2nd - Wicked cute story, I guess this is a Myles week. . . Myles has a little girlfriend named Emy. She's the daughter of the wonderful lady that watches my babies on Fridays. A while ago, Myles told me, "Mom, I'm gonna wear a ring when I grow up." When I asked him why, he said, "because Emy will wear the other ring and that's how people will know we're married."
Today, I told him that Daddy and I were going out tonight to clebrate how long we've been married. He told me, "Well, someday Emy and I will be married that long - When can I marry Emy?" He is so sweet. And the two of them together are just precious!
By the way . . . Happy anniversary Dan! I can't imagine the last 7 years without you. I love how we've done so far, and can't wait to see what the future holds for this awesome family we've built! I love you!
Friday, October 3, 2008
Here's Mary's story.
Like most folks, John and I didn’t set out to become adoptive parents. We fell in love, got married, and started having babies. Four of them: two boys and two girls. Then we were done. Or so we thought.
Until our baby turned three and I found myself awash in angst over being done with babies. It was 1997 and news stories were all over about the many baby girls in China who needed families. We started talking. Eventually my idea of a baby girl from China became, in 1998, a little boy from Korea. And another little boy from Korea in 2000. By then we were so in love with adoption that between 2004 and 2007 we also adopted four daughters from Ethiopia, two as babies, and two as older girls. Yes, we have ten kids. Yes, it is crazy. But it is also an incredible awe-inspiring blessing.
One of the things adoptive moms wish people understood is that our adopted kids are just our kids. Period. It’s a slap in the face to constantly have people qualify our relationship to each other, to hedge the description with the word ‘adopted’ in every context.
When reporters talk about Angelina Jolie’s children they seem incapable of saying the name Zahara without also saying she was adopted. The same thing happened at the funerals of Bob Hope and Jane Wyman, when mentioning children who themselves were senior citizens and whose adoptions had probably been finalized fifty or more years earlier.
Along those same lines, I feel awkward when people ask me how many of the kids are ‘mine.’ I know darned well that people are asking whether I genetically contributed to their creation. But shouldn’t family just be acknowledged as family, whether blood is involved or not? After all, a family begins from the union of two unrelated people. My husband is ‘mine’. Period. So are my children, adopted and not.
Don’t get me wrong-- the contribution my children’s biological parents made is priceless, essential, and should not be swept under the carpet as if it does not exist. And especially when adopting older children, it takes time for hearts to grow together, for the relationship to be full and strong.
However, my heart does not differentiate between my children born to me and the ones who came after the completion of mountains of paperwork. My interest is just as passionate. My pride is just as fierce. My hopes are just as big. My prayers are just as fervent. My love is just as deep. They’re my kids. Period.
Parenthood is amazing however your children arrive. Adoptive parenthood is neither better now worse than parenting children born to you. Some things are different, yes, but the majority of it is exactly the same. I am humbled to be blessed by the presence of each of my children in my life.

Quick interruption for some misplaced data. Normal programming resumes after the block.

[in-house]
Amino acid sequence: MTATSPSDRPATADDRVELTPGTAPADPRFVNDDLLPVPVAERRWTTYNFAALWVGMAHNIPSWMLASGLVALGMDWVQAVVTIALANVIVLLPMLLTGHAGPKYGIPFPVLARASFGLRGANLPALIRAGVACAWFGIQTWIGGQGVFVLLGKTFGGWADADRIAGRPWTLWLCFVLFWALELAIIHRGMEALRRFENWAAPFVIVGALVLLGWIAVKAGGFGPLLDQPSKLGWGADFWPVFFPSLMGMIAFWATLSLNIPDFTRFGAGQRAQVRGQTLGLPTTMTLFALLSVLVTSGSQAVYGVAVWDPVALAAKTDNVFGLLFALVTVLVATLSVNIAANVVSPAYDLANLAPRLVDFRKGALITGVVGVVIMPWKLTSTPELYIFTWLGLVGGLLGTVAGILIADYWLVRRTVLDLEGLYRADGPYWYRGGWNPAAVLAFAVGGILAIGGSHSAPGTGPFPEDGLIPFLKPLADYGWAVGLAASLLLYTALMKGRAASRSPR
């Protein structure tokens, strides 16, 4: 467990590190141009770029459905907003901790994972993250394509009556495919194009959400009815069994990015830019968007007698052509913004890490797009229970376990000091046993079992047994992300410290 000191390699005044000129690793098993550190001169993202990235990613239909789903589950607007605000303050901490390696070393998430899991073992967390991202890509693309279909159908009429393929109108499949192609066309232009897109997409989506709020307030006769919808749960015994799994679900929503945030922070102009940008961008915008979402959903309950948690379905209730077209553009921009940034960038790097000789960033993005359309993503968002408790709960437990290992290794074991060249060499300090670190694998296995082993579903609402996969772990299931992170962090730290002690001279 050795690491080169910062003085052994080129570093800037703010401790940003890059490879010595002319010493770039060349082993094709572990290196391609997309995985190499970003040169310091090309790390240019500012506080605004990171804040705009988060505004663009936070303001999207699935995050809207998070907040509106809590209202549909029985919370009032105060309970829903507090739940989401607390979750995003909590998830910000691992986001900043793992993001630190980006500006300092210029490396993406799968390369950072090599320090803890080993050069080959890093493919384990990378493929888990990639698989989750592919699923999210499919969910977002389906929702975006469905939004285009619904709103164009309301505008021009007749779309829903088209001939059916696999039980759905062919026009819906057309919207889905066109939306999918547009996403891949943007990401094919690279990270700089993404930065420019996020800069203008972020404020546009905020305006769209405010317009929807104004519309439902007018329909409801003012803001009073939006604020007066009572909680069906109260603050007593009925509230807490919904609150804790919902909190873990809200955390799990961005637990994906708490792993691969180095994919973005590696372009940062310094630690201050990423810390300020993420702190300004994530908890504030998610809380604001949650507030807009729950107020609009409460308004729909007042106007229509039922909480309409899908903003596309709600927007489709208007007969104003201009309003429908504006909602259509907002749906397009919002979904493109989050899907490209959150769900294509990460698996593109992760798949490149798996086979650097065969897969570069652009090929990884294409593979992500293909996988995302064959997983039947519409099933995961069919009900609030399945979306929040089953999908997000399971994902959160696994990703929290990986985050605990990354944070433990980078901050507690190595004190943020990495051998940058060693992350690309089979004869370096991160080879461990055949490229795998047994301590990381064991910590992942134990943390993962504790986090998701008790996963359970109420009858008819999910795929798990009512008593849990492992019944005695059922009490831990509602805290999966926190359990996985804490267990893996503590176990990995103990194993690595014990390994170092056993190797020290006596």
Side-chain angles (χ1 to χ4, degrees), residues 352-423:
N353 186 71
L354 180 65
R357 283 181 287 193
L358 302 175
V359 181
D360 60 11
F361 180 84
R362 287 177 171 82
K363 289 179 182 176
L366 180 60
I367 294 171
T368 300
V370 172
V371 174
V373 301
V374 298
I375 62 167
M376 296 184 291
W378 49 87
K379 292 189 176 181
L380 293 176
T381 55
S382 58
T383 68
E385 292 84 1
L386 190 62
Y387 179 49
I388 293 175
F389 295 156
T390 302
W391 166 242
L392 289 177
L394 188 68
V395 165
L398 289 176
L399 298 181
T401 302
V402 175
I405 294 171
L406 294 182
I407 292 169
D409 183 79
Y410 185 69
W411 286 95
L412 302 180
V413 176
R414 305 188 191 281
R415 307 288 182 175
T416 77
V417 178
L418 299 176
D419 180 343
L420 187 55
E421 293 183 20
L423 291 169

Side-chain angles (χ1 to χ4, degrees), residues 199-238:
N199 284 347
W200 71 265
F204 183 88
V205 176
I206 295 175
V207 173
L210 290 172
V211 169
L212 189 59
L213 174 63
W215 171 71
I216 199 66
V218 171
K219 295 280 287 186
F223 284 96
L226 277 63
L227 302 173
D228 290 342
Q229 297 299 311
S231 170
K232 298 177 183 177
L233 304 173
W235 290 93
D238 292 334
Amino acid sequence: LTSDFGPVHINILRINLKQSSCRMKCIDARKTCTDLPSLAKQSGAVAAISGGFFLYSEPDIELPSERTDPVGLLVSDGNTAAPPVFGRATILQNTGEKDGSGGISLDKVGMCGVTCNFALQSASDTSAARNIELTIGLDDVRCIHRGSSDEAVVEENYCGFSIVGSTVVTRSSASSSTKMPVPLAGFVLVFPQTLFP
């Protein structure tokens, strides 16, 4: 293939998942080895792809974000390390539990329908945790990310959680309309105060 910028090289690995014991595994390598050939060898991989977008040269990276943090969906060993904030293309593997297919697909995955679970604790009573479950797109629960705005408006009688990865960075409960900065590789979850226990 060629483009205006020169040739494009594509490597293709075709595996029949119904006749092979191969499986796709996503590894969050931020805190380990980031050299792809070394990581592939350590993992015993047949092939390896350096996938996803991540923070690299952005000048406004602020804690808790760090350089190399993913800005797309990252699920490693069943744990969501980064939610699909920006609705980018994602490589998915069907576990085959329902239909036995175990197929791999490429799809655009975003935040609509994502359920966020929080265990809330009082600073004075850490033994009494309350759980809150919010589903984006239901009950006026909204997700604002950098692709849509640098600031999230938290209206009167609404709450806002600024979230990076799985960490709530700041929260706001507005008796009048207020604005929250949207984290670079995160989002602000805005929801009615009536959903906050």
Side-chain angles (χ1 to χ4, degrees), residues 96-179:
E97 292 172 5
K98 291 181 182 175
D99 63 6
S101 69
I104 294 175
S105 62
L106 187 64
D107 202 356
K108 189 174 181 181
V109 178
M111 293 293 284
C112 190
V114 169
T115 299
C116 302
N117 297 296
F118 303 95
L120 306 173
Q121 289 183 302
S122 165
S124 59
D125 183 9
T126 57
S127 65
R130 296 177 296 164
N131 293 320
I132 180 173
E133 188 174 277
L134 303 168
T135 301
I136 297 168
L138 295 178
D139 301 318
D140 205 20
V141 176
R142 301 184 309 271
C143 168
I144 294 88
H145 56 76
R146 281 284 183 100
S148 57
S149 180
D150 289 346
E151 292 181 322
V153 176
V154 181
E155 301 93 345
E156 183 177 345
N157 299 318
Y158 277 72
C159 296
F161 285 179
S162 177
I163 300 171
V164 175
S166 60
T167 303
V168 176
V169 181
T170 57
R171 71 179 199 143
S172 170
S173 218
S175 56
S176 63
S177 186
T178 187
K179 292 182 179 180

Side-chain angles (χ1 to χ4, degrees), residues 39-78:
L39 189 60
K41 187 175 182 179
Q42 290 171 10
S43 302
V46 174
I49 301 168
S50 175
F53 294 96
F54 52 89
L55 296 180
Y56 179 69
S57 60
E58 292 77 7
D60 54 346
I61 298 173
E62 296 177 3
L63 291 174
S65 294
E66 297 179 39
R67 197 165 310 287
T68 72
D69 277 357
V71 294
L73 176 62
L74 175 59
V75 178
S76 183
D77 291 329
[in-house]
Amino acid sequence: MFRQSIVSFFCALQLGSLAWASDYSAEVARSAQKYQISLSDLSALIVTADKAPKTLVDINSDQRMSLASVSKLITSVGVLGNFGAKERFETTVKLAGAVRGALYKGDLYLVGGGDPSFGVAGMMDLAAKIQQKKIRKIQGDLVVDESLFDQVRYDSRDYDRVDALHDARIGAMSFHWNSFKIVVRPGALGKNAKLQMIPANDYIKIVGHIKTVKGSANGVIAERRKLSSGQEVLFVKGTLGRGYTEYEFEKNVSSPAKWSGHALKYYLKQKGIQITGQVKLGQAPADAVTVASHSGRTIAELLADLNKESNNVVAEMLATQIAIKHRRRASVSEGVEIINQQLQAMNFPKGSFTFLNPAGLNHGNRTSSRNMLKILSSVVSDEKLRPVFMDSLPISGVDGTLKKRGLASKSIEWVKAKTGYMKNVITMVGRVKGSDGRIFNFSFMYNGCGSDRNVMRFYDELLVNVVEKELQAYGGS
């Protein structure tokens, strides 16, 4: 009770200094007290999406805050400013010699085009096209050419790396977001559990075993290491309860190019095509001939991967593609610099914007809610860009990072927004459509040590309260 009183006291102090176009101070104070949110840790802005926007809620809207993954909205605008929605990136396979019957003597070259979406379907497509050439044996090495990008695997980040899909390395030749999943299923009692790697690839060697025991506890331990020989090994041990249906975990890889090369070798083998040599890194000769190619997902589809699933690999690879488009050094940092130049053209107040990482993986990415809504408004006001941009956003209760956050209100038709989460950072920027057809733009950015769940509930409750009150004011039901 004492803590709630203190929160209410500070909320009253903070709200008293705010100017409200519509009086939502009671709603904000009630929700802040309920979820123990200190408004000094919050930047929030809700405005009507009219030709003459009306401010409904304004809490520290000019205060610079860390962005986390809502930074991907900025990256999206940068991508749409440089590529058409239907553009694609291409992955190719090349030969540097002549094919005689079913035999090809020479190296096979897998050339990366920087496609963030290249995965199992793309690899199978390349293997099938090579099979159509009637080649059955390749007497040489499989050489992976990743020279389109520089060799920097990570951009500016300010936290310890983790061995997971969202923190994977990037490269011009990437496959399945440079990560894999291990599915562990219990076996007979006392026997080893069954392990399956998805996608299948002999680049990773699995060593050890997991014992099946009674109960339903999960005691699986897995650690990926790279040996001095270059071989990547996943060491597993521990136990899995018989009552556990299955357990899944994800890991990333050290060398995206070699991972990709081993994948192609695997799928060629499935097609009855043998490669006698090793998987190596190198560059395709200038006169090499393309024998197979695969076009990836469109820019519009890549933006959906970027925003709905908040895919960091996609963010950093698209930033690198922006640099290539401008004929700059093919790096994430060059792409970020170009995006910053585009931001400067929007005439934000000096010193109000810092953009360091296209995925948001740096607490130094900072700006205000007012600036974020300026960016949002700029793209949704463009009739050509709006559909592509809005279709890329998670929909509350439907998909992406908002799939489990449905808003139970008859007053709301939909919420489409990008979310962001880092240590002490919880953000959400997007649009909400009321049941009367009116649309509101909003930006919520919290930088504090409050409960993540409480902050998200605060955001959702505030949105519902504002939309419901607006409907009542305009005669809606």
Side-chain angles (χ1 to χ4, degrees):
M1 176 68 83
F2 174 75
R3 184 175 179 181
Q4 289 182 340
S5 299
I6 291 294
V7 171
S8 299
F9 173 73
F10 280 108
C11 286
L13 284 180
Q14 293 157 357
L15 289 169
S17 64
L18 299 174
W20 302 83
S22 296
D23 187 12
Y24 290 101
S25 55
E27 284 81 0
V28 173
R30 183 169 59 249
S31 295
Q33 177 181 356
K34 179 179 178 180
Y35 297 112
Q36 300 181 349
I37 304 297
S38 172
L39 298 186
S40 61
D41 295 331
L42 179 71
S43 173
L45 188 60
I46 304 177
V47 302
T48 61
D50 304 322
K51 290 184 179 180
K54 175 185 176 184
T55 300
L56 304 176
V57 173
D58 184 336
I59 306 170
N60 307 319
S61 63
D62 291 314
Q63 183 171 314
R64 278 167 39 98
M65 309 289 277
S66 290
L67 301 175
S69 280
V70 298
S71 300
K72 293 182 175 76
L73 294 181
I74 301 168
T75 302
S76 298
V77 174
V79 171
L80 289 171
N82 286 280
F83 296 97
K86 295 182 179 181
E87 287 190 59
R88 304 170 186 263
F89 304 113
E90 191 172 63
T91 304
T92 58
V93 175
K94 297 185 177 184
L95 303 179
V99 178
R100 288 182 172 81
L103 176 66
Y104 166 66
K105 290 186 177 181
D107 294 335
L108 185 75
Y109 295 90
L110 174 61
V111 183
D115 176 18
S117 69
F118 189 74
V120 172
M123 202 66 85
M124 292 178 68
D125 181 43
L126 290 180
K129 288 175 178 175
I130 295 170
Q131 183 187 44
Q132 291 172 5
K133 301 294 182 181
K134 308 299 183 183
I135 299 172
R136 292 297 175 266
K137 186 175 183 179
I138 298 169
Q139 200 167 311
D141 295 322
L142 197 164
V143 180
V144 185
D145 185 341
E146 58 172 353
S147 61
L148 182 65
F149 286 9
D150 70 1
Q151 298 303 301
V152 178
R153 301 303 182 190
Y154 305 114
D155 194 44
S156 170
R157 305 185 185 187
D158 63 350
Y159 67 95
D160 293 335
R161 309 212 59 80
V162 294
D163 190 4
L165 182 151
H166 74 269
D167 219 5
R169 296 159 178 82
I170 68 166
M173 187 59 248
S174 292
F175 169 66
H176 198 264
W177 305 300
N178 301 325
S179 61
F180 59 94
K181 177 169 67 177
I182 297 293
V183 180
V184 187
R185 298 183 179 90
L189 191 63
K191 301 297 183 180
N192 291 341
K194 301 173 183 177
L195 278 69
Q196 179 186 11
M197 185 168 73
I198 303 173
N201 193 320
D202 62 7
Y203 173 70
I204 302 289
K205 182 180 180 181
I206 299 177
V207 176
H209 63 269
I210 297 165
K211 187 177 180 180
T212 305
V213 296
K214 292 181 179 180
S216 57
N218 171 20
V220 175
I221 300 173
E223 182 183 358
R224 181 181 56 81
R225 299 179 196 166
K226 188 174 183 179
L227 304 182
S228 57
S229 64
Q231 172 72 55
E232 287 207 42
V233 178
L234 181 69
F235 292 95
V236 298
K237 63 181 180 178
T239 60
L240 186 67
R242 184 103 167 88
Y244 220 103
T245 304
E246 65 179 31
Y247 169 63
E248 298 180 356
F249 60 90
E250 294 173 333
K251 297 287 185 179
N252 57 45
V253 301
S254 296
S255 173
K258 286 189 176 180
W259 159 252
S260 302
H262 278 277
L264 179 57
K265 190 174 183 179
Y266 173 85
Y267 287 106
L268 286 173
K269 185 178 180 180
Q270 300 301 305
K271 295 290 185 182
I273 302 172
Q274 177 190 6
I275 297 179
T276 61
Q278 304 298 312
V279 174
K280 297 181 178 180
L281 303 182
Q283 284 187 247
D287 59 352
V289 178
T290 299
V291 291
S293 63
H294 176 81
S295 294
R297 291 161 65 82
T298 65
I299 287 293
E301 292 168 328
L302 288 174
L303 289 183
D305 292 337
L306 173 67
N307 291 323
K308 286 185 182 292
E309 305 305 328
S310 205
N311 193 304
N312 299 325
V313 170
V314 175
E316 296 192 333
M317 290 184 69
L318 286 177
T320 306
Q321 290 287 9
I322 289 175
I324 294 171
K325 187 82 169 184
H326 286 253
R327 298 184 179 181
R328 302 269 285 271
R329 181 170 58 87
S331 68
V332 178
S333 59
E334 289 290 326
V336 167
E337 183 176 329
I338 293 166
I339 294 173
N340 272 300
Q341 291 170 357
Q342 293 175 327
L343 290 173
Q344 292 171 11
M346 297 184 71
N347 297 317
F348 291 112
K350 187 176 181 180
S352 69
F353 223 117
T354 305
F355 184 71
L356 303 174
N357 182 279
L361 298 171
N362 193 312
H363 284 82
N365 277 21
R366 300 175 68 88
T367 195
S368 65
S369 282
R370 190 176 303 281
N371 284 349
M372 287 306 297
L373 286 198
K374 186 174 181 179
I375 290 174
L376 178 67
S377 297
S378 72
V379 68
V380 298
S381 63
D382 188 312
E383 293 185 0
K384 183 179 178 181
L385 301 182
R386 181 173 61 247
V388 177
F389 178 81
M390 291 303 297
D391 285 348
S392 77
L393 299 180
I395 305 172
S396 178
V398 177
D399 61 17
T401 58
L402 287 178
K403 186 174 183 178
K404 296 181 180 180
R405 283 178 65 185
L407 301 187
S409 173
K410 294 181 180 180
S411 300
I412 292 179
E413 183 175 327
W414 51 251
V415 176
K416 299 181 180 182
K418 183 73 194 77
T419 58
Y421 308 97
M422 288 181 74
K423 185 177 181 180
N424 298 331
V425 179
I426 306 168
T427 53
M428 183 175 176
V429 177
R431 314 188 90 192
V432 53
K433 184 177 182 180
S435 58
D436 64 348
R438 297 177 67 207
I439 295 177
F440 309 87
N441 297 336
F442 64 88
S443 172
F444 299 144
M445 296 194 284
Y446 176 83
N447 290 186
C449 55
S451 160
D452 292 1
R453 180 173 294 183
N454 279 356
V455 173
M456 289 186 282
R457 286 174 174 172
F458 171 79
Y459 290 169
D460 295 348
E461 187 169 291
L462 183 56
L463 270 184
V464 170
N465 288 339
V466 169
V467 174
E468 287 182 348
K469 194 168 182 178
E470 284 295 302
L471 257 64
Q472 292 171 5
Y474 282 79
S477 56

The next time you make introductions involving a friend with adopted children, do everyone the honor of skipping the word ‘adopted’. If your friend and her child don’t look like each other, she fields questions every day, and that will likely be the first question out of the other person’s mouth. But I promise, your friend will appreciate that you chose to honor her very real relationship with her child without making any qualifiers. Family is family, however we come together, and we all would do better to remember that.
Thursday, October 2, 2008
Myles was going potty this morning, and I kept on hearing him say "pow, pow." Not really abnormal for him, but there were these long pauses in between. He'd been in there for a while so I decided to check on him.
I walk in to see him holding a tampon, and shooting it like a gun. There was lots of "ammunition" all over the bathroom.
I think I've spoken to a few of you about how boys will turn anything into a gun, but this one was over the top for me.
Wednesday, October 1, 2008
Our referral came sooner than we expected, which is unusual for an Indian adoption. Everyone remembers that phone call, the discussion, and that picture. OH, that picture.
I don't think I had any choice int he matter. As soon as that face came across the screen, I was in love. I knew he was my son from that moment on. And yes, it made the wait for travel excruciating, but I wouldn't change a thing. It made me much more invested in the process, getting things done quickly, etc.
This time around is a bit different. We know there is a girl out there. We know her age and her medical condition, but have not been given access to a name, picture, etc. Even though I know she's out there, I feel pretty detached. The paperwork just feels like paperwork. I wish that I did feel more connected. That guarded feeling makes it not seem real. I keep on waiting for something to go wrong or fall through.
I think the picture, the name, D.O.B. - All of those things that we connect with identity - that's when my heart gets thrown in. I fall head over heels. And despite the emotional risk and uncertainty, I can't wait to do it again.